Embezzlement is a type of theft or “larceny” in Virginia. Embezzlement generally involves employee theft or theft by someone who is responsible for handling money or property. Embezzlement can involve just taking a few dollars or it can involve millions of dollars taken over the course of years.
Embezzlement can be a serious offense in Virginia and result in felony criminal charges. If you have been accused of theft by another employee or employer, contact an experienced criminal defense lawyer to help fight back against a criminal conviction. Contact me today.
Embezzlement Law in Virginia
Embezzlement is deemed larceny in Virginia. Under Virginia Code § 18.2-111, embezzlement involves wrongful and fraudulent use, disposal, or concealment of money, check, bill, note, draft, bond, receipt, or bill of lading, which the person received for another based on the person's office, trust, or employment.
Anyone found guilty of embezzlement is punished under Virginia's larceny laws. If the embezzlement involves a value of less than $500, it is petit larceny. If the embezzlement involves something with a value of $500 or more, it is considered grand larceny.
Penalties for Embezzlement
The penalties for embezzlement are the same as for grand larceny or petit larceny. As petit larceny, valued at less than $500, embezzlement can be punishable as a Class 1 misdemeanor. The maximum penalties include up to 12 months in jail and a fine up to $2,500.
Grand larceny embezzlement, involving $500 or more in value, is punishable by up to 20 years in a state correctional facility.
If convicted of felony larceny, the collateral consequences of a felony record can continue long after any jail sentence. This can include difficulty finding a job, finding a place to live, and restrictions on purchasing or owning a firearm.
Examples of Embezzlement
A manager for a children's choir had a company credit card and access to company checks. The manager would use the company credit card for personal expenses, vacation travel, and veterinary treatment for her dogs. The manager submitted altered bank statements to the accounting department to cover up the personal spending. The manager may be charged with embezzlement by the fraudulent use of company funds through her position as manager.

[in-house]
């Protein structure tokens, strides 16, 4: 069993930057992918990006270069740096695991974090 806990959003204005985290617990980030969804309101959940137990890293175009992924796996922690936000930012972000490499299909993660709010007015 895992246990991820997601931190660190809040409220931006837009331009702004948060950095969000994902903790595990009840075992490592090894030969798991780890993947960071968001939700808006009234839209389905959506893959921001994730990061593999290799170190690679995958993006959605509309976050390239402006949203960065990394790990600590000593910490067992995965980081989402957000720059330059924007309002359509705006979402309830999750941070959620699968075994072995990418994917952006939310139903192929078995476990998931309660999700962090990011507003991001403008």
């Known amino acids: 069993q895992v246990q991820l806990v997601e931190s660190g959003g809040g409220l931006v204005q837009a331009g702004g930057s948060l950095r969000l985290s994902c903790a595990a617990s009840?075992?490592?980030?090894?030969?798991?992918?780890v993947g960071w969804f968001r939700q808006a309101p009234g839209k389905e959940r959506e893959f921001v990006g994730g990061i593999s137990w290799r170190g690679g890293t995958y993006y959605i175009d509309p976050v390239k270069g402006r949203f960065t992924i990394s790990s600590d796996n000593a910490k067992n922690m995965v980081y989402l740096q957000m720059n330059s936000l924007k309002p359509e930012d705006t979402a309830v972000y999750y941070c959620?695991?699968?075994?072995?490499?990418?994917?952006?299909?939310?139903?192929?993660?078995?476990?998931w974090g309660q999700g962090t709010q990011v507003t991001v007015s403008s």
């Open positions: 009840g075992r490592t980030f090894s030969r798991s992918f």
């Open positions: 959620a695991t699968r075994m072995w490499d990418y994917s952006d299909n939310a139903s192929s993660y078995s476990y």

A bartender does not like how he is treated by the supervisor who gives preferential treatment to other servers and denied the bartender's request for a raise. When some customers pay cash for their drinks, the bartender doesn't ring them up and pockets the cash. The bartender tells his friends that he does this because he deserves a raise but the supervisor won't give him one.
This is embezzlement because the bartender is using his position in handling cash transactions to wrongfully keep cash that is supposed to go to the bar. Just because the bartender thinks it is justified does not make it legal.
Embezzlement can also involve very complicated bookkeeping methods or skimming small amounts of money from multiple accounts over time. This can be difficult to detect and it may only be discovered years later that millions of dollars were taken over the course of a decade or longer.
Investigating Embezzlement in Virginia
Suspected embezzlement can involve in-depth investigations and forensic accounting audits. Investigations can be conducted internally, through an outside auditor, or with state or federal law enforcement.
A suspected embezzler may be questioned by the company or investigators long before any arrest is made. If an employee is questioned about misusing funds or embezzlement, the individual should consider talking to an experienced criminal defense attorney even if no criminal charges have yet been filed.
Many people think that cooperating with the investigation will clear their name. However, the company or another employee may be trying to place the blame on someone else to hide their involvement. Just because you are innocent does not mean you can't be blamed for theft. Clever bookkeeping can make it look like you are the one who was taking company money.
Legal Defenses to Embezzlement Charges
Just because a company suspects that someone was stealing money does not mean that there is enough evidence for a conviction. The prosecutor has to prove the defendant was guilty beyond a reasonable doubt.
There are a number of possible defenses to embezzlement charges that could put doubt into the minds of jurors, or even get the prosecutor to drop the case. Defenses to embezzlement charges can include the following.
- The defendant made an accounting or paperwork mistake and did not intend to conceal or use the money.
- Another person was responsible for taking company money or property.
- The defendant had a good faith belief that he or she had a right to the property.
Charlottesville Larceny Defense Lawyer
Anyone facing embezzlement charges or accused of stealing from their employer in Virginia should contact an experienced criminal defense lawyer. The penalties for grand larceny by embezzlement can include extensive jail time, fines, and reimbursement of any money taken. If you have been charged with theft in Charlottesville, contact me today for a free consultation.